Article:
China Economics Summer Institute (CESI) 2016

Published on: 2016-02-12

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[UPDATE] Online registration for the event is now closed. Walk-in is welcome but seats are available on a first come first serve basis. Thank you for your understanding.

[UPDATE] Select working papers can be viewed on this page.

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China Economics Summer Institute (CESI) 2016

About the Event

HKUST IEMS will host the 9th annual China Economics Summer Institute (CESI) from August 18 to 20, 2016 in Hong Kong at HKUST’s campus in Clear Water Bay.

The objective of CESI is to create a network and community of top level scholars working on Chinese economic development. This initiative is currently co-sponsored by the University of Chicago Booth School of Business, UC Berkeley IGov – Institutions and Governance Program at the Institute for International Studies, the School of Economics and Management at Tsinghua University, the Guanghua School of Management at Peking University and the Institute for Emerging Market Studies at Hong Kong University of Science and Technology. The Summer Institute is organized in collaboration with the BREAD, NBER and CEPR networks of academic economists.

The 3-day workshop intends to bring together the best scholars working on China in China, the US and Europe with other top level scholars who have an interest in working on China in the future. During the workshop, there will be seminar presentations and free time to allow scholars to interact and explore the possibility of doing joint research projects. Senior scholars who will attend will be available for consultations with junior scholars. Afternoon sessions will give the opportunity to a select group of young scholars and Ph. D students to present their work.

The scientific committee of the China Economic Summer Institute is composed of Chongen Bai, Robin Burgess, Hongbin Cai, Chang-Tai Hsieh, Hongbin Li, Albert Park, Gérard Roland, and Yaohui Zhao.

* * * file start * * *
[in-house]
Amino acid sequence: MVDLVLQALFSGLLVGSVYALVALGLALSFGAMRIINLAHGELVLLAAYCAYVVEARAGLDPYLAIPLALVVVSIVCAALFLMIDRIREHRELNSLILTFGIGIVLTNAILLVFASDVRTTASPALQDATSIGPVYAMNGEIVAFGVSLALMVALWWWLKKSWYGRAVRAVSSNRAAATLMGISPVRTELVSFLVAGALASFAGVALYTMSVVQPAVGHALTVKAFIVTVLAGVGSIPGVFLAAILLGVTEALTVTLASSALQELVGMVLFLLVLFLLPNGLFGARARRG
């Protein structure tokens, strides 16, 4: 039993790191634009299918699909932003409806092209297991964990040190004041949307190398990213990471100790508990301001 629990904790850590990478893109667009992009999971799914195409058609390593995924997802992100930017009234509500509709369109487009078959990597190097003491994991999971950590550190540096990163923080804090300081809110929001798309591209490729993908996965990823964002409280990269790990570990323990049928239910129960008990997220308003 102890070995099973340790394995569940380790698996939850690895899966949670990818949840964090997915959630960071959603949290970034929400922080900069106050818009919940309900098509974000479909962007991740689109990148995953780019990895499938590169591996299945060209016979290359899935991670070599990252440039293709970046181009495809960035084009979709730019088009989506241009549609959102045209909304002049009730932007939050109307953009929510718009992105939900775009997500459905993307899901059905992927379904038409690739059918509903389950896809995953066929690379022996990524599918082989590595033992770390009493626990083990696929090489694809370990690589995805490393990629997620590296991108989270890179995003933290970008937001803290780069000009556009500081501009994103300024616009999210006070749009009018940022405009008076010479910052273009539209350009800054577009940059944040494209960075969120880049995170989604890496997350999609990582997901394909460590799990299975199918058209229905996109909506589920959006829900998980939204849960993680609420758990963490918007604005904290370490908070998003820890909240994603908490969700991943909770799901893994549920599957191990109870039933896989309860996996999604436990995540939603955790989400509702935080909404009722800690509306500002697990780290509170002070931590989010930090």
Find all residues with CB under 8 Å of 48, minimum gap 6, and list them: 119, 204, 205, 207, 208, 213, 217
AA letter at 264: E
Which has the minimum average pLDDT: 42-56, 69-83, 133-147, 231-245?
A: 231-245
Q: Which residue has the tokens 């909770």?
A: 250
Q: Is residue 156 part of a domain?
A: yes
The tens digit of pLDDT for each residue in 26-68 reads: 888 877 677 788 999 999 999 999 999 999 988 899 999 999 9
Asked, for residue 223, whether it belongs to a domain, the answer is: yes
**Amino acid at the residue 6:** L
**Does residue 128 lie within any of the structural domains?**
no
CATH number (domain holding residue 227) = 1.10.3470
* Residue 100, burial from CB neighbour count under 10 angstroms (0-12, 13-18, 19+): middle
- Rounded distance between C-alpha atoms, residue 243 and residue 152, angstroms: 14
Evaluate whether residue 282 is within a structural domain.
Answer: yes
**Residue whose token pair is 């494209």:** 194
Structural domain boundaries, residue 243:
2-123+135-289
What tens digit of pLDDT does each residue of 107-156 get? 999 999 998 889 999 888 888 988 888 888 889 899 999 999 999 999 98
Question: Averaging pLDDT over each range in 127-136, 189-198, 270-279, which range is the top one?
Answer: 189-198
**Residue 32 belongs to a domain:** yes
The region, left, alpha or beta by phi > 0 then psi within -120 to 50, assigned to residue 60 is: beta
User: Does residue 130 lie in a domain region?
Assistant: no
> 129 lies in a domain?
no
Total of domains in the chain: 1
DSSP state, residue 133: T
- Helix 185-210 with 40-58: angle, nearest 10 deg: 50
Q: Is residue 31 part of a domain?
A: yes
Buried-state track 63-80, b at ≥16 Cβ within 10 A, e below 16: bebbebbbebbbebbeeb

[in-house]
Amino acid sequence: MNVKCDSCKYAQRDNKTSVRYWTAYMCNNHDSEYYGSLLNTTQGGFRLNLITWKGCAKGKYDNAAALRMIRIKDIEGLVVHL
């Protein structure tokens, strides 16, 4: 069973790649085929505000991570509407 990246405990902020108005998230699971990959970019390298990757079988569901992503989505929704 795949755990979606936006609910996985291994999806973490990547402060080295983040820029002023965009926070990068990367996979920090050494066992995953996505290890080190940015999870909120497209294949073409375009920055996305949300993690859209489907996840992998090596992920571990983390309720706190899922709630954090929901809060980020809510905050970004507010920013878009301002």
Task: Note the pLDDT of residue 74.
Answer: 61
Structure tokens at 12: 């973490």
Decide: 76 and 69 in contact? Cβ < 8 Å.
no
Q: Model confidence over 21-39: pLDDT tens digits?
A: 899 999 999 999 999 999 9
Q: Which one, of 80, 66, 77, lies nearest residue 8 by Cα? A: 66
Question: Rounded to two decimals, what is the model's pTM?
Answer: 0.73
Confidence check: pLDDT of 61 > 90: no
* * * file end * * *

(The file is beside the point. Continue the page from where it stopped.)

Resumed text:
Program

The event program can be found here (PDF) (Last updated on August 11, 2016.)

Sessions

“China’s Lost Generation: Changes in Beliefs and their Intergenerational Transmission”
Gerard Roland, UC Berkeley
 
“Can Governments Harvest Connections with Firms? Evidence from China”
Yu-Hsiang Lei, Yale-NUS College
 
“International Technology Transfer and Domestic Innovation: Evidence from the High-Speed Rail Sector in China”
Yu Qin, National University of Singapore
 
“Job Tasks, Human Capital, and Wages: Evidence from the China Employer-Employee Survey (CEES)”
Xinzheng Shi, Tsinghua University
 
“Economies of Scale and Heterogeneity in the Provision of Public Goods: Evidence from School Consolidation in China”
Xiang Ma, Yale University
 
“Intranational and International Consumption Risk Sharing and Frictions in China”
Meixin Guo, Tsinghua University
 
“Interfirm Relationships and Business Performance”
Jing Cai, University of Michigan
 
“Aid on Demand: African Leaders and the Geography of China’s Foreign Assistance”
Andreas Fuchs, Heidelberg University
 

Working Papers

Jing Cai and Adam Szeidl
Interfirm relationships and business performance

Axel Dreher, Andreas Fuchs, Roland Hodler, Bradley C. Parks, Paul A. Raschky, and Michael J. Tierney
Aid on demand_African Leaders and the Geography of China’s Foreign Assistance

Meixin Guo and Lin Lu
Intranational and International Consumption Risk Sharing and Frictions in China

Weijia Li
Meritocracy, Decentralization, and Party-Government Relationship in One-Party Regimes

Lin, Yu Qin and Zhuan Xie
International Technology Transfer and Domestic Innovation: Evidence from the High-Speed Rail Sector in China

Xiang Ma
Economies of Scale and Heterogeneity in the Provision of Public Goods: Evidence from School Consolidation in China

Gerard Roland and David Y. Yang
China’s Lost Generation: Changes in Beliefs and their Intergenerational Transmission

Lingwei Wu
The Invisible Wound: The Long-term Impact of China’s Cultural Revolution on Trust

Yu-Hsiang Lei
Can Governments Harvest Connections with Firms? Evidence from China

Juan Carlos Suárez Serrato, Xiao Yu Wang and Shuang Zhang
The Limits of Meritocracy: Screening Bureaucrats Under Imperfect Verifiability

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